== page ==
Naviance will allow the user to click on/off early versus regular decision.

    Only if the school loads that detail, which ours doesn't!

    Ours doesn't either. That would be a very helpful piece of information.

    Yes, extremely helpful. The Naviance info provided becomes even less useful w/o knowing that important piece of info.
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  • sushirittosushiritto 4961 replies18 threads Senior Member
    Naviance only shows what the results from the students from that specific school were, and even then it only shows the scatter plots of the students who bothered to take the time to input their results.
    Naviance doesn't take into account extracurricular, location, race, background, family connections, and most importantly major, so it is not very accurate.
    It is a good initial gauge for GPA and SAT scores, but Naviance isn't very accurate for estimating if you will get in or not.

    One thing our local public HS does is to make entering Naviance data and "closing the loop" in Naviance a graduation requirement.
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  • RockyPARockyPA 93 replies10 threads Junior Member
    Thanks for the replies! I realize that GPA and tests are just a part of the story... but it is somewhere to start. As a top performing student in her competitive high school it just seems that the Naviance data would be somewhat relevant when choosing match schools to apply to.
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  • monydadmonydad 7939 replies160 threads Senior Member
    edited February 18
    The other limitation is the small sample size.
    On the one hand the sample is "better" because all the applicants are from your D's same school. so the grading for that particular school is taken into acount in the results.
    But on the other hand, it is still a small sample. So the results may not be highly statistically significant.

    The results were what they were for those 10 (or whatever) applicants with those scores. But may not have been the same if there had been one hundred applicants with the same scores.

    And as other have said these quantifiables do not make up anyone's whole application.
    edited February 18
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  • AlwaysMovingAlwaysMoving 367 replies5 threads Member
    edited February 19
    @RockyPA
    Your D's school sounds a lot like my D's school. Here are a couple of thoughts...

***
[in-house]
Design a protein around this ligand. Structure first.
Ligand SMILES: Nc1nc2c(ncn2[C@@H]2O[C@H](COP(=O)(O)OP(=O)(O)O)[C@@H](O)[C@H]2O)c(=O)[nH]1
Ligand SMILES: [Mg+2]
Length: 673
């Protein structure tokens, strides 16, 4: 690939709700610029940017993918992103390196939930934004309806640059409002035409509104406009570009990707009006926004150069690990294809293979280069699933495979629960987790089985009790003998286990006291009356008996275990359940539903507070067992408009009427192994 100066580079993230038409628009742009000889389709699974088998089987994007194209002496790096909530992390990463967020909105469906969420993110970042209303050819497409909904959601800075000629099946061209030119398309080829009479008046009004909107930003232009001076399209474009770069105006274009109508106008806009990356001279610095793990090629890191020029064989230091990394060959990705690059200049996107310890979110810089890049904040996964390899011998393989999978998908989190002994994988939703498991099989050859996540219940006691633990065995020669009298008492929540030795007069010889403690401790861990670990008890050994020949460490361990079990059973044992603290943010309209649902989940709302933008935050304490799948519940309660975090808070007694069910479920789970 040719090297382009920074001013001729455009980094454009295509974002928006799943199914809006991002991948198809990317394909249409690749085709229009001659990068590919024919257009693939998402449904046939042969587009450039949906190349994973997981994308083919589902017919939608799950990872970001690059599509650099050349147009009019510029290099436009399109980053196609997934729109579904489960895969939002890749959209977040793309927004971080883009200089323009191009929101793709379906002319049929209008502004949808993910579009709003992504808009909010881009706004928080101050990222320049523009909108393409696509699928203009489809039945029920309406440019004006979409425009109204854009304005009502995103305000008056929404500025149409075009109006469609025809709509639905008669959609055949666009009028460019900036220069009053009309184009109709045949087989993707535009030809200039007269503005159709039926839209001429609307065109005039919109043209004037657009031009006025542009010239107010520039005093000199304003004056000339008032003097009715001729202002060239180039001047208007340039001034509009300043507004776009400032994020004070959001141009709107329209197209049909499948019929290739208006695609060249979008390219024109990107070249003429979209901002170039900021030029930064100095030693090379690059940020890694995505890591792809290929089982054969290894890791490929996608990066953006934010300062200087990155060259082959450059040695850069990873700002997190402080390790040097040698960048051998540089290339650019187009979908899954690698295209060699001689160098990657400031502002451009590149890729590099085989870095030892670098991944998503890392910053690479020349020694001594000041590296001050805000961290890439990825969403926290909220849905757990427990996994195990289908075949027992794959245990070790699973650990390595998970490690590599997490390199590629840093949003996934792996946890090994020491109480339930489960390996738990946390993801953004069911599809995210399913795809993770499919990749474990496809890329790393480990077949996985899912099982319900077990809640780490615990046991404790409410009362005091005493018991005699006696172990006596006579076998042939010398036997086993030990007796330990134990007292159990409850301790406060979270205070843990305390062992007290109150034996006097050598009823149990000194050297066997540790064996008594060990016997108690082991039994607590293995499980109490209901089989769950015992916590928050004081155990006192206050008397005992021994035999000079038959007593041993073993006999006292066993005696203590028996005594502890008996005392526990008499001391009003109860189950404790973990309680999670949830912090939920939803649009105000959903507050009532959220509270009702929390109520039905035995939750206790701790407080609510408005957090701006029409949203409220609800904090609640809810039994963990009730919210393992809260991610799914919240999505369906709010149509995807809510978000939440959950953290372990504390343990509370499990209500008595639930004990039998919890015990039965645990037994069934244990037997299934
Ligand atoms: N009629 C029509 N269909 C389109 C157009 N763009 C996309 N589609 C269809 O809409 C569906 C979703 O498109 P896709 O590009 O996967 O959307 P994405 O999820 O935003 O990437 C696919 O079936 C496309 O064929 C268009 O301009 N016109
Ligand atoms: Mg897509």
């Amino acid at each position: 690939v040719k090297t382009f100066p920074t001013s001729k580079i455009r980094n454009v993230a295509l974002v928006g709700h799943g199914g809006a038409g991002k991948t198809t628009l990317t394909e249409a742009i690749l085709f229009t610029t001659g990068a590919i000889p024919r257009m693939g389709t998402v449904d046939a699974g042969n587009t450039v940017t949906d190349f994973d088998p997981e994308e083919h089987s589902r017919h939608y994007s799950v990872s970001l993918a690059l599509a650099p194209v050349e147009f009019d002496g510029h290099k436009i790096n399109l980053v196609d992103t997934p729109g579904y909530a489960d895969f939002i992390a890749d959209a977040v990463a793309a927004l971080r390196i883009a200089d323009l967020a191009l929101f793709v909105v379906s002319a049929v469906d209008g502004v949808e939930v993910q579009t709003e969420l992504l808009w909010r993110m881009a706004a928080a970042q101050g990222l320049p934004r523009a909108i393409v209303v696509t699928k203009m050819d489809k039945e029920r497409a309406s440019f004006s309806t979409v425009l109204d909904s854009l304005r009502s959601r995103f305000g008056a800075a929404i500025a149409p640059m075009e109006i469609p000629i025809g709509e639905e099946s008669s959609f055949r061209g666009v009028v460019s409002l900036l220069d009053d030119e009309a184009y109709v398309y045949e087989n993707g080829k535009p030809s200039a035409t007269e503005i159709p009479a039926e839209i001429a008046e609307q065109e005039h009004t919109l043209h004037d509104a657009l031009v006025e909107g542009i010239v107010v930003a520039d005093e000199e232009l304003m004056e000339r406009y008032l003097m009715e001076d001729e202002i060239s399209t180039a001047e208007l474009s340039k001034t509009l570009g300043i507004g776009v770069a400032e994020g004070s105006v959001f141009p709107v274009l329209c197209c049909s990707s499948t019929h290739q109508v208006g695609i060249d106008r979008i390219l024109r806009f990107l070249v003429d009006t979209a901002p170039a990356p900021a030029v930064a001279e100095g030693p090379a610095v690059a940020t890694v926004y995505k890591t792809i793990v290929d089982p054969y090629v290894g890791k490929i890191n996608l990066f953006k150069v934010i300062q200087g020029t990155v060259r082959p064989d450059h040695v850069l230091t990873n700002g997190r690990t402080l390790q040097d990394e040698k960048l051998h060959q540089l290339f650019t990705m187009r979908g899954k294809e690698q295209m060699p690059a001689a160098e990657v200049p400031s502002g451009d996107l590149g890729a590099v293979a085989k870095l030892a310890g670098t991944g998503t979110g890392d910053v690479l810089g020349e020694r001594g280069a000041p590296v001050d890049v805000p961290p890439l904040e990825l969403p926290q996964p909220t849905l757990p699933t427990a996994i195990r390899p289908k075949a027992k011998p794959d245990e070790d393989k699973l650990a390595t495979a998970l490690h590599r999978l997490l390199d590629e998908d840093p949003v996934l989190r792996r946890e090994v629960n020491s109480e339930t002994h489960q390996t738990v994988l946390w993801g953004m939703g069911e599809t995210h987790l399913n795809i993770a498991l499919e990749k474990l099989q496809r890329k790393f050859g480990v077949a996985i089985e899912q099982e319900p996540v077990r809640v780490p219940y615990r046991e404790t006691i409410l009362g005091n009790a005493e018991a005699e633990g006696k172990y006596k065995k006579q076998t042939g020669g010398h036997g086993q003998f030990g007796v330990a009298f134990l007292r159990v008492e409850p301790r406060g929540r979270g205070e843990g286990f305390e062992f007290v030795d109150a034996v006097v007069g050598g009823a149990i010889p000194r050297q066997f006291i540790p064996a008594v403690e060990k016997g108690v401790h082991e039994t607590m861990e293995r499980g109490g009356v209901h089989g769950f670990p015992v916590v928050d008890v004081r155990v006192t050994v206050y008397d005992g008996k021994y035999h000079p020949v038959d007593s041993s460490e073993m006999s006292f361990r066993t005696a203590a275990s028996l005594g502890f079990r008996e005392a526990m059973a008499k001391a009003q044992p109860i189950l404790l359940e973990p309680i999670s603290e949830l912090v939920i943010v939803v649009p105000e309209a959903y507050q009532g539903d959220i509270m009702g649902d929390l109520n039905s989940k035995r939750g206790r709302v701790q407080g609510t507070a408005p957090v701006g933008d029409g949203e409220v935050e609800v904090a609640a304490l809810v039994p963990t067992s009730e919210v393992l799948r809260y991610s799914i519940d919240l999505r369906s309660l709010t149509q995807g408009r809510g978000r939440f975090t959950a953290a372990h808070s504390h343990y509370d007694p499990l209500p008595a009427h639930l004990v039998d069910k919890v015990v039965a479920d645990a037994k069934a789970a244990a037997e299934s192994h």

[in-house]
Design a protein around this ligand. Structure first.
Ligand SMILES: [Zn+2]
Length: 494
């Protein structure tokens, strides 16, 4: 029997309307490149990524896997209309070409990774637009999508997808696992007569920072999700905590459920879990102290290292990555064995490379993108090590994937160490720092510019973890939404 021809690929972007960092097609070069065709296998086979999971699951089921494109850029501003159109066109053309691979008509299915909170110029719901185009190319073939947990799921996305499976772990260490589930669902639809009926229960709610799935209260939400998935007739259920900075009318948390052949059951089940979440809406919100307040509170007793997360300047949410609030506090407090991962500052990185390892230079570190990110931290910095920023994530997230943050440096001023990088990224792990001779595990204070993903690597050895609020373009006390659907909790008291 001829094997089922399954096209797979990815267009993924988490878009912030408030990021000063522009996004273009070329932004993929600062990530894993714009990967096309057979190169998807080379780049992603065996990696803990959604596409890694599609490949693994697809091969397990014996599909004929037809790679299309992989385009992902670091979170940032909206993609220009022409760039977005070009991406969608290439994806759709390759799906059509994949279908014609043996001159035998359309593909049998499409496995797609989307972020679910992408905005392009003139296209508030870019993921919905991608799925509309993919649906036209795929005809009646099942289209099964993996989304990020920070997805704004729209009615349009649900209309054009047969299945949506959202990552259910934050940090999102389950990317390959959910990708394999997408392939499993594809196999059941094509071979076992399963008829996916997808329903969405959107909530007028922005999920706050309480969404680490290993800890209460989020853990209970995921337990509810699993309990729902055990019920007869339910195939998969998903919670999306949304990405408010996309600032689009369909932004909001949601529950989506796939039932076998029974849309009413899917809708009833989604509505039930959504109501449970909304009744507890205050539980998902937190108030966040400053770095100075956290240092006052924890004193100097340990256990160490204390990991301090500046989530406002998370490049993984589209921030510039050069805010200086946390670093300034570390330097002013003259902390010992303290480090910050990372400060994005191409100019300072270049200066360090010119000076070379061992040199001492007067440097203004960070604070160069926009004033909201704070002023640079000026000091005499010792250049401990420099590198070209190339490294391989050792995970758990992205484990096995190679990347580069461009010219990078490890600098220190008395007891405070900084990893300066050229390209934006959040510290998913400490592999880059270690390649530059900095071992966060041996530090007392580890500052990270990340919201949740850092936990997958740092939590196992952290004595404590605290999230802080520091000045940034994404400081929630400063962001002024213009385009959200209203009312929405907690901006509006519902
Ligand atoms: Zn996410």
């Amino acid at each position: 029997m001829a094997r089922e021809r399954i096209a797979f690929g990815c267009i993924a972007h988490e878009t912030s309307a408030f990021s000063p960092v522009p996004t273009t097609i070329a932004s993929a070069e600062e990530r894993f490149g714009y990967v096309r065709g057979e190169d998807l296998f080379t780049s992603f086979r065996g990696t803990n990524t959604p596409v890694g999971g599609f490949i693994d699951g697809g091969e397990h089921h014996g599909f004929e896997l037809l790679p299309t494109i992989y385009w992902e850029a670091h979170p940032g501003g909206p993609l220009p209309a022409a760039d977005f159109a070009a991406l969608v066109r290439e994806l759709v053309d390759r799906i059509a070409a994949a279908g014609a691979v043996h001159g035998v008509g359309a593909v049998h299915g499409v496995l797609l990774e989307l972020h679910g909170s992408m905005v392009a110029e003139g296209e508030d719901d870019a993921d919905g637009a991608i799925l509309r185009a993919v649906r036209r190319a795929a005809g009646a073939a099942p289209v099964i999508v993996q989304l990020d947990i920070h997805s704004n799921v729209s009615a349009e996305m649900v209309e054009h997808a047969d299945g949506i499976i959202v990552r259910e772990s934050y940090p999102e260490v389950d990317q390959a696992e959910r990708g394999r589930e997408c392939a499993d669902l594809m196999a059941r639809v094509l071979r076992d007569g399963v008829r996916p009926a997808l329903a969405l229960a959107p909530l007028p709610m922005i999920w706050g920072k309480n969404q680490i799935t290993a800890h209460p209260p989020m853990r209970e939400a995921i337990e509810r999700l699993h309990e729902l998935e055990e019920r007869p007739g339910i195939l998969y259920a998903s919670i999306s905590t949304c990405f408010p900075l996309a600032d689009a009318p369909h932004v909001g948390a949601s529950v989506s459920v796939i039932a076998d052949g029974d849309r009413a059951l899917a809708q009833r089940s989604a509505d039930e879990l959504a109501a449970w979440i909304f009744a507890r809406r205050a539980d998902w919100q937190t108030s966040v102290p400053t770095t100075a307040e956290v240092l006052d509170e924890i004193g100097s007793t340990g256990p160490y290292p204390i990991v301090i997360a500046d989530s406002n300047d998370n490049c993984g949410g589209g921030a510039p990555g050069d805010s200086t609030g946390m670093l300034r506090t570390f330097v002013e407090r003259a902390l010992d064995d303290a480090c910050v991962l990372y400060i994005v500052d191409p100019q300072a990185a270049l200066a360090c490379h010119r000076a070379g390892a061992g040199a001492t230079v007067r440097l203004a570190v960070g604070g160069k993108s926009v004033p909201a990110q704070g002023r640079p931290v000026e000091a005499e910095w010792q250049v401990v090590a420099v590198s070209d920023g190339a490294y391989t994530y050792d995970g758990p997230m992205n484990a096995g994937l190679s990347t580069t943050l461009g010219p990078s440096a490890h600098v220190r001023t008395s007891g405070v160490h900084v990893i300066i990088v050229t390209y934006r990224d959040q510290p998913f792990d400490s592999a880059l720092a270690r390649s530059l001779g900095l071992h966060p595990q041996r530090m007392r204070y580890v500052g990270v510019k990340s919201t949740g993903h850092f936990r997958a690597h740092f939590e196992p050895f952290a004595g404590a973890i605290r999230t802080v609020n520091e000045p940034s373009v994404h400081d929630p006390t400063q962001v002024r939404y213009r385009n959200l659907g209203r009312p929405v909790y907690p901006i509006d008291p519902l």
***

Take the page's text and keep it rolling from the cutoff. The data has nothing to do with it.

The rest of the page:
- You need to ask the GC how the data gets in Naviance. Self reported or required. If it's self reported it's not great.
    - Check out the "Learn More" tab under overlaps from a college's main page. There you can see the acceptance % for your HS to that college. Compare that % to the college's overall acceptance % and it'll tell you how much the college likes kids from your HS. For example Vandy is 11% for everyone and 14% from our HS. That's not a very big bump. Northwestern is 8% vs 23% and that's a big bump.
    - Ask the GC if your D is a competitive admit to different schools and gauge their reaction. Generally, they have a good idea about hooks and differences in major at a school.
    - You need to always be on guard for hidden hooks like a great background for essays, URM, alumni, full pay in the ED round, paid for top level college advising, etc. I like to ask my D why she thinks certain kids got in. "He's 4th generation to Dartmouth" and "he has a really high AIME score" are two I've heard.
    - Be honest and objective about your D's weaknesses. A 1600 isn't different from a 1550. An A in AP Stats isn't the same as an A in AP Calc BC. Being an officer of a regular club at school isn't a big deal. etc.
    - The more holistic a school is the more the scattergram will look jumbled up. That's a sign the high stats are less and less important, and the ECs and essays were more and more important.

    As for the schools you listed...
    -GT is moving to more holistic review. Make sure her essays are solid and interesting. Female helps. From my D's school high stats females with all A's in math and a minimum of Calc BC always get in. Always.
    -Vandy is all over the place with acceptances. I think they have a lot of wants beyond test scores and grades. They also like the ED round.
    -Cornell is an Ivy so they get a crazy number of apps. They also have multiple schools and the standards are very different for each school. If your D wants engineering I would be very leery of the Naviance data.

    edited February 19